Where: UH Agnes Arnold Hall, Room 210.
Dr. Lori Flores at the Holocaust Museum Houston
Dr. Lori Flores speaking on "Grounds for Dreaming: Mexican American Immigrants and the California Farmworker Movement." In conjunction with the museum’s current exhibit, "Bittersweet Harvest: The Bracero Program, 1942-1964.
When: Feb. 16 from 6:30-8 p.m.
Where: Holocaust Museum Houston
Chasing Beer Bottles and Privy Pits: Urban Archeology
A presentation by archeologist Doug Boyd titled "Chasing Beer Bottles and Privy Pits: Urban Archeology" at the Frost Town Site in Houston (meeting of Houston Archeological Society).
When: Feb. 16 at 7 p.m.
Where: St. Thomas University, 3800 Montrose Blvd, M.D. Anderson Hall
A Celebration of Black History in Song with the Texas Southern University Concert Choir
"Let Freedom Sing! A Celebration of Black History in Song with the Texas Southern University Concert Choir." Free.
When: Feb. 19 at 4 p.m.
Where: Latter Day Deliverance Revival Church, 4036 Lyons Avenue, Houston 77020
Blues History: Ebb and Flow
Blues History: Ebb and Flow,” Sandra Scott, director of the Houston Blues Museum. A discussion of blues music
history, blues pioneers, and the development of the genre in the Deep South, including Houston, as well as its transformation as it traveled to the cities in the Upper Midwest and North. Music included. Celebrated Houston guitarist, Milton Hopkins (pictured at right), will join Ms. Scott.
When: Feb. 21 at 4 p.m.
Where: Honors College Commons
Guided tour of “Bittersweet Harvest: The Bracero Program, 1942-1964,”
Guided tour of “Bittersweet Harvest: The Bracero Program, 1942-1964,” is a guided tour by the curator and Dr. Jesse Esparza, who has interviewed many of the former Braceros. This program pertains to the Bracero Program, 1942-1964, a binational agreement between the U.S. and Mexico. Free.
When: March 6 at 4:30 p.m.
Where: Holocaust Museum, 5401 Caroline St.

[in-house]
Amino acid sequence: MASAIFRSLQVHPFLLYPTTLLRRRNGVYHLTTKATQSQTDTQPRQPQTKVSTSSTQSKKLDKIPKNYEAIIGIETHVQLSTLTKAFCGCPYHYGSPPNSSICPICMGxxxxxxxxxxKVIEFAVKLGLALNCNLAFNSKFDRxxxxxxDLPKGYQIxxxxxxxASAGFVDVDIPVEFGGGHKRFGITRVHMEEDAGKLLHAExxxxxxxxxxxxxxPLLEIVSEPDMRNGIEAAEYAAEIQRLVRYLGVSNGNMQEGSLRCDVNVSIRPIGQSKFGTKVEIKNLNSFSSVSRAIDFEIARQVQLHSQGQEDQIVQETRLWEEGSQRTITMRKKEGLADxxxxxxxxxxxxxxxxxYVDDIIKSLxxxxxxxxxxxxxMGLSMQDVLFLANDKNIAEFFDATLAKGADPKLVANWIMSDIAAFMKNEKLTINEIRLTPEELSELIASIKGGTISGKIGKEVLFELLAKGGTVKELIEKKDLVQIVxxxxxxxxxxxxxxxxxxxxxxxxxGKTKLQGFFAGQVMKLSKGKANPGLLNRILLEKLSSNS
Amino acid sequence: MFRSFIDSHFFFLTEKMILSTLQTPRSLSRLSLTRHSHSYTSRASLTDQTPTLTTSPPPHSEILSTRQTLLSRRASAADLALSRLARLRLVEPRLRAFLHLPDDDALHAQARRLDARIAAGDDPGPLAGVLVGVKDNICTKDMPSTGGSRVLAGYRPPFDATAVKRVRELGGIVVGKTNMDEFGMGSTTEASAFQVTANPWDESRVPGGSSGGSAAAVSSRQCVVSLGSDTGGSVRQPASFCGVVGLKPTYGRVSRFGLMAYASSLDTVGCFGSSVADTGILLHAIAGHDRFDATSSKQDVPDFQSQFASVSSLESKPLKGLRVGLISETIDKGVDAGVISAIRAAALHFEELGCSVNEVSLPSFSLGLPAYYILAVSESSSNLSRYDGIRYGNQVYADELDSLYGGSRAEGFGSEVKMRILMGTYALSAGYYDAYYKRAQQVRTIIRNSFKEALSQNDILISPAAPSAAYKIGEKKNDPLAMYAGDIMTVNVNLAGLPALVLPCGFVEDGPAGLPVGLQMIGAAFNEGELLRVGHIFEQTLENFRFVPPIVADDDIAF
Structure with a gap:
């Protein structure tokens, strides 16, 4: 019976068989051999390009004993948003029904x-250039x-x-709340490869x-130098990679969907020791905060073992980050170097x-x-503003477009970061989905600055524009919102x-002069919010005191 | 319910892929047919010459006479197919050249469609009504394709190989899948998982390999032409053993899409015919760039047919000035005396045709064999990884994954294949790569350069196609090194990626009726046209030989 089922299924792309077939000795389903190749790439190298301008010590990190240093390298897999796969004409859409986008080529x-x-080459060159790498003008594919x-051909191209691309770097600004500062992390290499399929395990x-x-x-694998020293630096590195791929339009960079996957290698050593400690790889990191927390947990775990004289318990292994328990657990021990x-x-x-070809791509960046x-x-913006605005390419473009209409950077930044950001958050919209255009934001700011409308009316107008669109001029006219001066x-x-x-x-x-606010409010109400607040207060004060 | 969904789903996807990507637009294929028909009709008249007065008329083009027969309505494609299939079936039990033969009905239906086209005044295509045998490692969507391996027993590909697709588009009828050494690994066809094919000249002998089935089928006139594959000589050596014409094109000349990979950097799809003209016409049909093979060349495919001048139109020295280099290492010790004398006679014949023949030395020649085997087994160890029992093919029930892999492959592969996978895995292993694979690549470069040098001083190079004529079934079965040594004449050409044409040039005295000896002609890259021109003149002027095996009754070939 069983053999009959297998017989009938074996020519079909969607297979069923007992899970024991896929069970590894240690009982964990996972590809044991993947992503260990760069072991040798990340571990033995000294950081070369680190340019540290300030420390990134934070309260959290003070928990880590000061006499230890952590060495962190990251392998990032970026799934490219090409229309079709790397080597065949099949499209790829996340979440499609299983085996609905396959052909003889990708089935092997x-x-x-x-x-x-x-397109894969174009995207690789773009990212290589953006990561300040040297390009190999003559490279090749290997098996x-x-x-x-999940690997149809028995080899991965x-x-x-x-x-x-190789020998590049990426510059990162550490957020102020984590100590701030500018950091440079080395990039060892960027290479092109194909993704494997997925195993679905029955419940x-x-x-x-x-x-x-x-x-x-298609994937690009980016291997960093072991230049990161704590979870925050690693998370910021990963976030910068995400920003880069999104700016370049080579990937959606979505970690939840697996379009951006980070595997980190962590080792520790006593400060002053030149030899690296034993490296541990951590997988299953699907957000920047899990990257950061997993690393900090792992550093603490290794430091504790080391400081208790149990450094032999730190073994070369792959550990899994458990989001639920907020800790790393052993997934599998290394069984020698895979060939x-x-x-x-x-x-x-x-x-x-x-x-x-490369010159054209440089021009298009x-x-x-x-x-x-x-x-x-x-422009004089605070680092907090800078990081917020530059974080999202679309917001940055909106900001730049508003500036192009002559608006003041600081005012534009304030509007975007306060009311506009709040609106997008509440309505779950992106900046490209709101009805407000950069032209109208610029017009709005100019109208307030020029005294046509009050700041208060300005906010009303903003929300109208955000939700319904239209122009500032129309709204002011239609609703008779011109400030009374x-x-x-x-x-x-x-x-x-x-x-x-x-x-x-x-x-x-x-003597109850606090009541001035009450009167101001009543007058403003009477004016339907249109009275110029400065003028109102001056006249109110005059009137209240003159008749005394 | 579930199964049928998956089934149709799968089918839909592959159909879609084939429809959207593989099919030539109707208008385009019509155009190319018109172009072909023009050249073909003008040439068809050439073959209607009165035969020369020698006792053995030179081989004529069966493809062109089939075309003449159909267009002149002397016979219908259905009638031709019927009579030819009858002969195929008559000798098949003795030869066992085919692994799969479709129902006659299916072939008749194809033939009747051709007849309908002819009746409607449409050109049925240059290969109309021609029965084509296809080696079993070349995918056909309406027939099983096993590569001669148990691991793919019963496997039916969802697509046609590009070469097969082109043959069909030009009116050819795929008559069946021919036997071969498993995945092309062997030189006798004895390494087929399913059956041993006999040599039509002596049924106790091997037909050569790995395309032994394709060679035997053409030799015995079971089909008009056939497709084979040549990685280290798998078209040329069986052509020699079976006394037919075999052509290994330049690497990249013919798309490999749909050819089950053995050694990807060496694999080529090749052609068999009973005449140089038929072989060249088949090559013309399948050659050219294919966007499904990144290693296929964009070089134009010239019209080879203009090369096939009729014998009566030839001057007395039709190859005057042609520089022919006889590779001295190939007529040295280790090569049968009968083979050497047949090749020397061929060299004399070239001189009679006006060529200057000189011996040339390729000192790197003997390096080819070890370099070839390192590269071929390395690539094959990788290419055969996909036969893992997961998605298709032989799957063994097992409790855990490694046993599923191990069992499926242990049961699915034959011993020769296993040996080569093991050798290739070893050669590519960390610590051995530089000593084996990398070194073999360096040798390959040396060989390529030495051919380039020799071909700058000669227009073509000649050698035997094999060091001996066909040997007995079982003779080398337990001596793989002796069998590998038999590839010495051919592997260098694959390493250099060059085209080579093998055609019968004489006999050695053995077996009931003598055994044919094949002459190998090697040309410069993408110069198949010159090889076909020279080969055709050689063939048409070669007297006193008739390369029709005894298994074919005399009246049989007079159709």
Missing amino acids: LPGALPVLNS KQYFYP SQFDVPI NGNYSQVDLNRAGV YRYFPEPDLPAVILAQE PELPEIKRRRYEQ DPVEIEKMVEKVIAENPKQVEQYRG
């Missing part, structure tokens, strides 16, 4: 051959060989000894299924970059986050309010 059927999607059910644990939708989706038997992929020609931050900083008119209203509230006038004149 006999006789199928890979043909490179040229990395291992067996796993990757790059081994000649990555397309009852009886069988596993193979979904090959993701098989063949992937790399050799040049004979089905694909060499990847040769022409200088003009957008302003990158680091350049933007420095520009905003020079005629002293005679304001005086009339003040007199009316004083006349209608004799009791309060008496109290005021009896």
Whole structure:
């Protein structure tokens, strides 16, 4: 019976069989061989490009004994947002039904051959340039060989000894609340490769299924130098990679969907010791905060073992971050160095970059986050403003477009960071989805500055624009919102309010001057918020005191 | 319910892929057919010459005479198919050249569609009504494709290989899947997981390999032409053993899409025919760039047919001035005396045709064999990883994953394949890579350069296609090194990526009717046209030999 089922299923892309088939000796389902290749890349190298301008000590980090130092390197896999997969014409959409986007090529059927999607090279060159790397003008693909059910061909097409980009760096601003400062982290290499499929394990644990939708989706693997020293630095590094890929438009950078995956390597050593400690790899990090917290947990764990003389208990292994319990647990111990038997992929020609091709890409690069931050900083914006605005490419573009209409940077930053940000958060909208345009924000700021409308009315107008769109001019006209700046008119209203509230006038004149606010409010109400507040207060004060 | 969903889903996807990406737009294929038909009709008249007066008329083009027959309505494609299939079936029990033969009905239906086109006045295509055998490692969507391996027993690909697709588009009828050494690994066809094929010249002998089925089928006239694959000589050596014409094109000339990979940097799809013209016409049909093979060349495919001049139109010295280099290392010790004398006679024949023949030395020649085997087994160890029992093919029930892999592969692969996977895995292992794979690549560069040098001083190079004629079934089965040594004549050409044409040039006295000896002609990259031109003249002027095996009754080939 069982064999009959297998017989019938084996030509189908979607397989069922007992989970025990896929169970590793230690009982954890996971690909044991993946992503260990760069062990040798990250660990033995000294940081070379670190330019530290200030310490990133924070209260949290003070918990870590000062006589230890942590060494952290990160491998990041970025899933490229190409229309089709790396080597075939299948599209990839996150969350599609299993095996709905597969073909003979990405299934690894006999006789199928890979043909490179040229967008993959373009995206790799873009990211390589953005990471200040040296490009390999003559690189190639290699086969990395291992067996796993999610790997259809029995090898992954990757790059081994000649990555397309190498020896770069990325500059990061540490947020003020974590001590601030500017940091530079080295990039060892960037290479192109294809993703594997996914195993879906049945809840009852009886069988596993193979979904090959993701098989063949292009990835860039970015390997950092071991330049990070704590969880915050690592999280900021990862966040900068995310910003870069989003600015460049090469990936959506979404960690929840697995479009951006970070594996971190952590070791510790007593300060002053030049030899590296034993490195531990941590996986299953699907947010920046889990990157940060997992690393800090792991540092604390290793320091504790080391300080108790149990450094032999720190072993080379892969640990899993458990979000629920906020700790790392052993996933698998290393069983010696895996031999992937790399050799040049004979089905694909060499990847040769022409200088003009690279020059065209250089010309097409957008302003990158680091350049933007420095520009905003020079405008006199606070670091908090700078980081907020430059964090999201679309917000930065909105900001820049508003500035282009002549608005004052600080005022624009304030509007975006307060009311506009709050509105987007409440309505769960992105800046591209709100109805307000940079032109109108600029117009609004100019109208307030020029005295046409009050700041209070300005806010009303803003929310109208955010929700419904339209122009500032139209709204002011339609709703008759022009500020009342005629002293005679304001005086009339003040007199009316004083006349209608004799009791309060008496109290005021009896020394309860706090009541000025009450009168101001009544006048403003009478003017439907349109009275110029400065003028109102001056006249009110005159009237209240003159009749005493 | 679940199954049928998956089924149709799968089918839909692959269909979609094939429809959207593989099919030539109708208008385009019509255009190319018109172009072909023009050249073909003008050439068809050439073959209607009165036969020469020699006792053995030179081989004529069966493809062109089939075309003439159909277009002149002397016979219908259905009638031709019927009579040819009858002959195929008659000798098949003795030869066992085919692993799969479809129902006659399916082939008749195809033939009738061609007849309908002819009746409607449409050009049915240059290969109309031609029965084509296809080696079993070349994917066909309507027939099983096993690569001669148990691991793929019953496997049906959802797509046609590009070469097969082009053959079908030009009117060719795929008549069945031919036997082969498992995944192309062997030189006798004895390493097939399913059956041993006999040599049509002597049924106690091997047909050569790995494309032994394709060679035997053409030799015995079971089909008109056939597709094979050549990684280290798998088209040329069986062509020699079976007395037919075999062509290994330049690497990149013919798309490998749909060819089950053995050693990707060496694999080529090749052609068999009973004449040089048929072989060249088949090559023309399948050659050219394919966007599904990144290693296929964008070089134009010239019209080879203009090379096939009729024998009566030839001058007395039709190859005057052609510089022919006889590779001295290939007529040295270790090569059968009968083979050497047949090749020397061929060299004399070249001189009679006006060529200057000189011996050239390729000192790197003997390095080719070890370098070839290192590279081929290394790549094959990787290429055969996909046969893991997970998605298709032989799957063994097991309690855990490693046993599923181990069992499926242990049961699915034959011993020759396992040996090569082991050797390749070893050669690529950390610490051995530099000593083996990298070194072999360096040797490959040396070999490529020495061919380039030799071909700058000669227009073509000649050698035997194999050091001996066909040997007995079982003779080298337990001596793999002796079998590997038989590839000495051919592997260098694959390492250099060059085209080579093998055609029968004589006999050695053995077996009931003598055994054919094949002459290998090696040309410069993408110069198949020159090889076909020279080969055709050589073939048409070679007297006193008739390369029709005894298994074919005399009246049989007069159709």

Houston Blues Museum About Blues Culture (ABC)
Houston Blues MuseumAbout Blues Culture (ABC) - African American Library.
When: March 11 from 1-3 p.m.
Where: Gregory School, 1300 Victor St.
Lucille’s Restaurant: Southern Food Traditions and the Great Migration
Lucille’s Restaurant: Southern Food Traditions and the Great Migration: Chef-owner Chris Williams of Lucille’s Restaurant will serve food samples for us, while he talks about the ways in which African-American food culture changed America’s food culture with the Great Migration.
When: March 20 at 4:30 p.m.
Where: Lucille’s Restaurant, 512 LaBranch (Museum District)
Bayou City Blitz: Panel on High School Football
Bayou City Blitz: Panel on High School Football: Former area high school stars discuss Houston’s football history.
When: March 29 at 7 p.m.
Where: The Heritage Society, 1100 Bagby
I Am Not Your Negro, Documentary Film
I Am Not Your Negro film nominated for an Oscar Award for best film-documentary, focuses on the Civil Rights Movement and is based on the writings of the great novelist and poet, James Baldwin.
When: April 3 (Limited run check for dates/times for showings; theater ticket charge)
Where: River Oaks Theater, 2009 West Gray
On My Journey Now: The Legacy of John Biggers Exhibit: Through April 13
Black Athletes and Migration Before and After Jim Crow
Undergraduate Student Research Panel, Texas Southern University: Black Athletes and Migration before and after Jim Crow. Free.
When: April 6 from 5:30-8 p.m.
Where: Texas Southern University Museum, 3100 Cleburne St., Houston 77004.
Defiant Braceros: How Migrant Workers Fought for Racial, Sexual, and Political Freedom
Dr. Mireva Loza will present "Defiant Braceros: How Migrant Workers Fought for Racial, Sexual, and Political Freedom" is the story of the Bracero Mexican-American fight for Civil Rights. In conjunction with the museum’s current exhibit, "Bittersweet Harvest: The Bracero Program, 1942-64."
When: April 6 from 6:30-8 p.m.
A Workshop About Bone Hill: The Concert
Exploring The African Diaspora in Houston before and after Jim Crow: April 20
Graduate Student Research Panel: Exploring The African Diaspora in Houston before and after Jim Crow
When: April 20 from 5-8 p.m.Where: Texas Southern University, School of Public Affairs, Room 204. Free
Read-in and Book Signing: Celebrating Lillian B. Horace's "Angie Brown" April 22
Read-in and Book Signing: Celebrating Lillian B. Horace's Angie Brown, a Jim Crow romance and migration novel (Outskirts Press, 2017), editor, Karen Kossie-Chernyshev, Ph.D., with foreword by Michon Benson, Ph.D. Free.
When: April 22
Where: Texas Southern University
Exhibition Opening of Students’ Great Migrations Projects: April 26